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Proceedings Paper

Laser imaging for clinical applications
Author(s): John P. Van Houten; Wai-Fung Cheong; Eben L. Kermit; Richard A. King; Stanley D. Spilman; David A. Benaron
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Paper Abstract

Medical optical imaging (MOI) uses light emitted into opaque tissues in order to determine the interior structure and chemical content. These optical techniques have been developed in an attempt to prospectively identify impending brain injuries before they become irreversible, thus allowing injury to be avoided or minimized. Optical imaging and spectroscopy center around the simple idea that light passes through the body in small amounts, and emerges bearing clues about tissues through which it passed. Images can be reconstructed from such data, and this is the basis of optical tomography. Over the past few years, techniques have been developed to allow construction of images from such optical data at the bedside. We have used a time-of-flight system reported earlier to monitor oxygenation and image hemorrhage in neonatal brain. This article summarizes the problems that we believe can be addressed by such techniques, and reports on some of our early results.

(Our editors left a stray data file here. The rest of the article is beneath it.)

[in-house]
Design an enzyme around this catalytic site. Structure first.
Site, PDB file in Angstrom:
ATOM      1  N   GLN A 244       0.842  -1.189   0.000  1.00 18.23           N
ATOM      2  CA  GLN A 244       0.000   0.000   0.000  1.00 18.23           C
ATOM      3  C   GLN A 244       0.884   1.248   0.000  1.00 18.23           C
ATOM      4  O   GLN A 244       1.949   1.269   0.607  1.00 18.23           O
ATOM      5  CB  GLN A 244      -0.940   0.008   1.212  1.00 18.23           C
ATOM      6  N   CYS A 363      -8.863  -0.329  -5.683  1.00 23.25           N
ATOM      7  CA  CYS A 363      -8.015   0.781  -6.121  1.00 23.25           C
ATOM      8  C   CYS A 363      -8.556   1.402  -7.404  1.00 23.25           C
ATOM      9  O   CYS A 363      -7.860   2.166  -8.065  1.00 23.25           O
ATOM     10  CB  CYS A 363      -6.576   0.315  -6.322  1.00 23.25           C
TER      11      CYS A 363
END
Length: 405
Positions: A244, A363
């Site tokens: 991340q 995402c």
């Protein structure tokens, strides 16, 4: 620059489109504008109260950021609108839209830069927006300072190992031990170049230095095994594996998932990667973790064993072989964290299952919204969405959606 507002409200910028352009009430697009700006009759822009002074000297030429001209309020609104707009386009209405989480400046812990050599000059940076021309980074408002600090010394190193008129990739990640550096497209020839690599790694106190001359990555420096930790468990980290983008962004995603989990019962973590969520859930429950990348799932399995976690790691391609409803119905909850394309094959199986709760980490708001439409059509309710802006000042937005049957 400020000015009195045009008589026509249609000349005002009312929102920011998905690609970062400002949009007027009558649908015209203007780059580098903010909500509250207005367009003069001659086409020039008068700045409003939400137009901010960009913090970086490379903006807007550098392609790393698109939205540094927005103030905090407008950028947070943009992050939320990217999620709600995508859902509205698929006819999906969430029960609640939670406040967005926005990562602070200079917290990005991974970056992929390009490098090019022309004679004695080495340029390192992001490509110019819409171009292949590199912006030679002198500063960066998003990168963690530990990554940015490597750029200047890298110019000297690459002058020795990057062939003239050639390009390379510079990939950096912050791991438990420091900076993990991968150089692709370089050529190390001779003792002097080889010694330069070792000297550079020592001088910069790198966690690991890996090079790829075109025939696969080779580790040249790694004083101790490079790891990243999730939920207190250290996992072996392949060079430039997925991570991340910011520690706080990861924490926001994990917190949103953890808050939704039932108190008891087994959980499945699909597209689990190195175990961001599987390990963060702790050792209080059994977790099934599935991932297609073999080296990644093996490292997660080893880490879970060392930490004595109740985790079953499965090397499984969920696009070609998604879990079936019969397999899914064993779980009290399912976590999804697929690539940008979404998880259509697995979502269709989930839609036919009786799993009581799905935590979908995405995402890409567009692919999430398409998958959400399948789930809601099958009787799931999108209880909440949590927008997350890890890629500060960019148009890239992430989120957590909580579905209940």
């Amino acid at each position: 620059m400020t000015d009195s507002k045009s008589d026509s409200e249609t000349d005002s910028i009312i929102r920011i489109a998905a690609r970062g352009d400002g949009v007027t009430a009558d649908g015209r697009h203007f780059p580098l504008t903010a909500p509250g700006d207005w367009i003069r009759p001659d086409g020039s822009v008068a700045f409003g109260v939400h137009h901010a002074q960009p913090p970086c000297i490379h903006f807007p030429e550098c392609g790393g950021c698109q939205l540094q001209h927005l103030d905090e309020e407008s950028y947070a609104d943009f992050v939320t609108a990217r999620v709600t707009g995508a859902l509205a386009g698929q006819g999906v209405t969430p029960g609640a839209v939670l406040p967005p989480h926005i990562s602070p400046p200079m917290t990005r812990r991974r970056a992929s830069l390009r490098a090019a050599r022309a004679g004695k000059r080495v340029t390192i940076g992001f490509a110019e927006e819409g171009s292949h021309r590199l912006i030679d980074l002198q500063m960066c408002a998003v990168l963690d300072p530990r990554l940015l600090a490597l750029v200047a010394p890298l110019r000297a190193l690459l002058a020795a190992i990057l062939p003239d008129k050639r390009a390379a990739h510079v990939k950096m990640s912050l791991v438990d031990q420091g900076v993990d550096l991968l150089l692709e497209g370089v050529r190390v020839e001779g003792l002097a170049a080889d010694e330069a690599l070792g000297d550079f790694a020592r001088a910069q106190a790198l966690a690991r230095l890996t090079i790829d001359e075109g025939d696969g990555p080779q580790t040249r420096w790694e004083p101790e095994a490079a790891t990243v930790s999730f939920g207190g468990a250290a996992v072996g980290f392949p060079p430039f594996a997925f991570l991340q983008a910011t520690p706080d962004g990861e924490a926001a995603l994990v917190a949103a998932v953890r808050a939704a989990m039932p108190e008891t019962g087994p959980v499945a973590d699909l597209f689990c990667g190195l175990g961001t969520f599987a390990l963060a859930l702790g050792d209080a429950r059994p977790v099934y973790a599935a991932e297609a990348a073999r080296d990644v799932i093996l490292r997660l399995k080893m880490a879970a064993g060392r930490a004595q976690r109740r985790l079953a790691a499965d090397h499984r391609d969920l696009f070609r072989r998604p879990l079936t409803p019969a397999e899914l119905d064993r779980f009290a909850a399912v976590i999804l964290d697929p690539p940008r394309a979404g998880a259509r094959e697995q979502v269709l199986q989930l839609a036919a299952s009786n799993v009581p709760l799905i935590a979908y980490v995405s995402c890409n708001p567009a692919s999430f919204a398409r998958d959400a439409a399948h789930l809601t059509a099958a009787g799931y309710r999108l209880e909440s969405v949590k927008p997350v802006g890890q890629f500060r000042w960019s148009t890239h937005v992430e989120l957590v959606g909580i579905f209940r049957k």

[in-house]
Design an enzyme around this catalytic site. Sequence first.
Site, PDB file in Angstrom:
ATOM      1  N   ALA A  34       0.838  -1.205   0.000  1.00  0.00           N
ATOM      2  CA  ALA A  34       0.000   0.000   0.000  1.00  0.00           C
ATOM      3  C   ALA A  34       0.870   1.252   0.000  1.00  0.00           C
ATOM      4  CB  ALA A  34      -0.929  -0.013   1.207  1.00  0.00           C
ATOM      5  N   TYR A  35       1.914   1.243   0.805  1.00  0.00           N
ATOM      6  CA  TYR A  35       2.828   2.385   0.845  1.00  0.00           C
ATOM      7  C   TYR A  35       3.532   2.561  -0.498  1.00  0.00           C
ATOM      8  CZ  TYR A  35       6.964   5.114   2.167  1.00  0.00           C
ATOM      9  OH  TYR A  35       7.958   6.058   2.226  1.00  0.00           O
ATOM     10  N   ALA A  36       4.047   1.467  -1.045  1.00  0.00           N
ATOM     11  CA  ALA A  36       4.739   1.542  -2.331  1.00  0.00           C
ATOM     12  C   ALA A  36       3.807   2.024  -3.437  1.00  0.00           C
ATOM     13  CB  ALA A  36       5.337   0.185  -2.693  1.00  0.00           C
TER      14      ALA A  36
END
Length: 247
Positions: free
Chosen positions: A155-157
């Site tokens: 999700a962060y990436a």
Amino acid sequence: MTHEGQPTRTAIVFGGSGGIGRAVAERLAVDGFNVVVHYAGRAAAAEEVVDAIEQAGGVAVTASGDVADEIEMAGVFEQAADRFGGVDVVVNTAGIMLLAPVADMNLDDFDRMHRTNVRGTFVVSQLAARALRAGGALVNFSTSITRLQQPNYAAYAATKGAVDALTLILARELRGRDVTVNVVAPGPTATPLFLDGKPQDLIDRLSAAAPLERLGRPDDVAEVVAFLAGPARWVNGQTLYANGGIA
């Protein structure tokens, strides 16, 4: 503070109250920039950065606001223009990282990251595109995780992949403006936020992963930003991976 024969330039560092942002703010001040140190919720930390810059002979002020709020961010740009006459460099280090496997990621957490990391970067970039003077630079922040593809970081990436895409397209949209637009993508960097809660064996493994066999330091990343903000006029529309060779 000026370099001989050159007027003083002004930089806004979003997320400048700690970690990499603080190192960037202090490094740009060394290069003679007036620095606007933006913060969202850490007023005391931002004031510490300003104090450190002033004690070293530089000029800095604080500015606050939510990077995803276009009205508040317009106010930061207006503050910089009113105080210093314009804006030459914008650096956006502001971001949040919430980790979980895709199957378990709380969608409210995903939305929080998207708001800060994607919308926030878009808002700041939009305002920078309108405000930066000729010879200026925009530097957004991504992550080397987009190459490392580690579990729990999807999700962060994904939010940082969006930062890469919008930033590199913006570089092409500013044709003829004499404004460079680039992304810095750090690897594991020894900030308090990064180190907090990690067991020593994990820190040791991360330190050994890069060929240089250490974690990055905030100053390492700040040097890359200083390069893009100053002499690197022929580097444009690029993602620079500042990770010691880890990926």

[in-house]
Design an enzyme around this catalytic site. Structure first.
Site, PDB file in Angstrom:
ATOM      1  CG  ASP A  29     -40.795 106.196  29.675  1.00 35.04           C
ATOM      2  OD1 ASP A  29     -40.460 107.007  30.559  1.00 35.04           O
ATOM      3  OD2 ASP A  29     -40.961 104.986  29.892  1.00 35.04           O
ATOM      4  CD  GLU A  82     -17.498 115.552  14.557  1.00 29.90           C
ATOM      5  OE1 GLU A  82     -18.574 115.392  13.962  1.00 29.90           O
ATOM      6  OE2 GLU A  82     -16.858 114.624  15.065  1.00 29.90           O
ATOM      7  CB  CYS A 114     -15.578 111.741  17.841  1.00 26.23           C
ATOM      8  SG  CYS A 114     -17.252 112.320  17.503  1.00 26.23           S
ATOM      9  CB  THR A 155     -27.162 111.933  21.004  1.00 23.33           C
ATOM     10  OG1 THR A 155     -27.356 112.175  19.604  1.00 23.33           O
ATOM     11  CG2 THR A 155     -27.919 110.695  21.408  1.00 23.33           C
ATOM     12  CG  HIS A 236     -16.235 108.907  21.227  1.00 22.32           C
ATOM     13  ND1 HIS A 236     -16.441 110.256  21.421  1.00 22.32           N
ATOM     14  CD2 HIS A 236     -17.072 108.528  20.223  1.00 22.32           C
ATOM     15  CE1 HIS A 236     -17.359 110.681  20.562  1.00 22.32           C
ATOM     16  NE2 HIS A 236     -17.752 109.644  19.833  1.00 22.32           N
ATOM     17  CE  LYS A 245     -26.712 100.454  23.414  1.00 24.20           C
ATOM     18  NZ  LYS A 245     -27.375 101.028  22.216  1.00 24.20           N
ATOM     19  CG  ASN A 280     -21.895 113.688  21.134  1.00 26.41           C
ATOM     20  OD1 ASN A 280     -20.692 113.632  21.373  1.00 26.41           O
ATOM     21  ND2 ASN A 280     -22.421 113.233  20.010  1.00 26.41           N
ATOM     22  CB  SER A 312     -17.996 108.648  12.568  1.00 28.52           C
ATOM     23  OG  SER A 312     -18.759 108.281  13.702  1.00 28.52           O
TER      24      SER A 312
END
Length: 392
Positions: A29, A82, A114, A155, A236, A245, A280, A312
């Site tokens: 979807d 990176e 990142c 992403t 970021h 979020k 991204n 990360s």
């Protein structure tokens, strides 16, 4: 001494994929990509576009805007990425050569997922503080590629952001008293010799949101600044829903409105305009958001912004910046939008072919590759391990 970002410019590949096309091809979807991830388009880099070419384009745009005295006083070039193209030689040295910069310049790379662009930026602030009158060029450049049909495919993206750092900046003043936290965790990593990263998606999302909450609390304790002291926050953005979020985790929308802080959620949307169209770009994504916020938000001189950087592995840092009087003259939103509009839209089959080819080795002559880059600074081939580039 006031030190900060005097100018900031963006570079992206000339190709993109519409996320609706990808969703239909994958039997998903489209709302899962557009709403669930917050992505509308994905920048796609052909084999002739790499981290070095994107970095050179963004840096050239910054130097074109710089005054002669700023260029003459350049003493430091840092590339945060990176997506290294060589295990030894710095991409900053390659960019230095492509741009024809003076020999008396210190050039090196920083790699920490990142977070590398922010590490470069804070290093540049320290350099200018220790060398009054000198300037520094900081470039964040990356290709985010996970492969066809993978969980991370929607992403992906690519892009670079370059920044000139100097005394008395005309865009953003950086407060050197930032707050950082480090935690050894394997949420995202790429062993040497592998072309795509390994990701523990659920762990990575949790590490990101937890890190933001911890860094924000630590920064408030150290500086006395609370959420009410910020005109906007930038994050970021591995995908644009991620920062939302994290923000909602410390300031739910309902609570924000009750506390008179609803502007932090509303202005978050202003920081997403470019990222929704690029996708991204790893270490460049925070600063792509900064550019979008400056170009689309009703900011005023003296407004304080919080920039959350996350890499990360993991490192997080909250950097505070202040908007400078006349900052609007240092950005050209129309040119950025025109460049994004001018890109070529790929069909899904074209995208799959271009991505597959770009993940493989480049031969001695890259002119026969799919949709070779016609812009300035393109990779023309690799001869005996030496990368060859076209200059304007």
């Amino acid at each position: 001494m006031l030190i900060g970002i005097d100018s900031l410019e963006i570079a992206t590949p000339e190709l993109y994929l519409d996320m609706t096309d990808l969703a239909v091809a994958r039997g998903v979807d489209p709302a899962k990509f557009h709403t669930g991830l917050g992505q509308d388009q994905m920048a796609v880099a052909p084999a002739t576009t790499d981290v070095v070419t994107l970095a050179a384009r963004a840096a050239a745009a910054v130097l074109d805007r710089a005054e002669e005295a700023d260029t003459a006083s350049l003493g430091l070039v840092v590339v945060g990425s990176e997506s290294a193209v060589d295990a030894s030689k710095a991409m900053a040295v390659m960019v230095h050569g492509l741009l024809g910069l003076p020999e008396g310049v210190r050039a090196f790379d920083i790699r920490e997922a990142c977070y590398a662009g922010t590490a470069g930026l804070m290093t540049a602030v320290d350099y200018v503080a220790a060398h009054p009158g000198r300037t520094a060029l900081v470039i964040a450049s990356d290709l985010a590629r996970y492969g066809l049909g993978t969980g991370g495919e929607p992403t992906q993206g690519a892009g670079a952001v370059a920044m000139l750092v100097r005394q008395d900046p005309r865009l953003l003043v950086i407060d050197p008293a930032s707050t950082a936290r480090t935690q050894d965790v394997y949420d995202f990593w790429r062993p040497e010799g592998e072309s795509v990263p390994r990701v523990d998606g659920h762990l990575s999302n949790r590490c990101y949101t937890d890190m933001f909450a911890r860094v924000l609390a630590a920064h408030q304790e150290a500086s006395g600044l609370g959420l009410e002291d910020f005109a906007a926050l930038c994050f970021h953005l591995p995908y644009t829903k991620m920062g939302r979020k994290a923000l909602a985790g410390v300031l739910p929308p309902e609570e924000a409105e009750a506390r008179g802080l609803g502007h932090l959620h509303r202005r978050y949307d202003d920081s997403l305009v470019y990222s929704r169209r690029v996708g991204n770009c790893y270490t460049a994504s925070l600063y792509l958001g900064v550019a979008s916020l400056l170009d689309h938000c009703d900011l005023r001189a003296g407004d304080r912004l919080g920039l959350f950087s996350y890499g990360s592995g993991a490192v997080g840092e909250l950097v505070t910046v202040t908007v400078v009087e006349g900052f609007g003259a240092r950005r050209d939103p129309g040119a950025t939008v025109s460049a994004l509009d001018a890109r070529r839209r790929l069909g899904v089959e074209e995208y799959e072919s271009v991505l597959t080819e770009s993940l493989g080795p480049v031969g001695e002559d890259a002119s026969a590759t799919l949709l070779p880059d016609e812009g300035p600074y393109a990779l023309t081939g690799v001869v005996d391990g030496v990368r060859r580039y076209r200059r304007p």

Paper Details

Date Published: 30 March 1995
PDF: 9 pages
Proc. SPIE 2390, Optical Biophysics, (30 March 1995); doi: 10.1117/12.206000
Show Author Affiliations
John P. Van Houten, Stanford Univ. (United States)
Wai-Fung Cheong, Stanford Univ. (United States)
Eben L. Kermit, Stanford Univ. (United States)
Richard A. King, Stanford Univ. (United States)
Stanley D. Spilman, Stanford Univ. (United States)
David A. Benaron, Stanford Univ. (United States)

Published in SPIE Proceedings Vol. 2390:
Optical Biophysics
Halina Podbielska, Editor(s)

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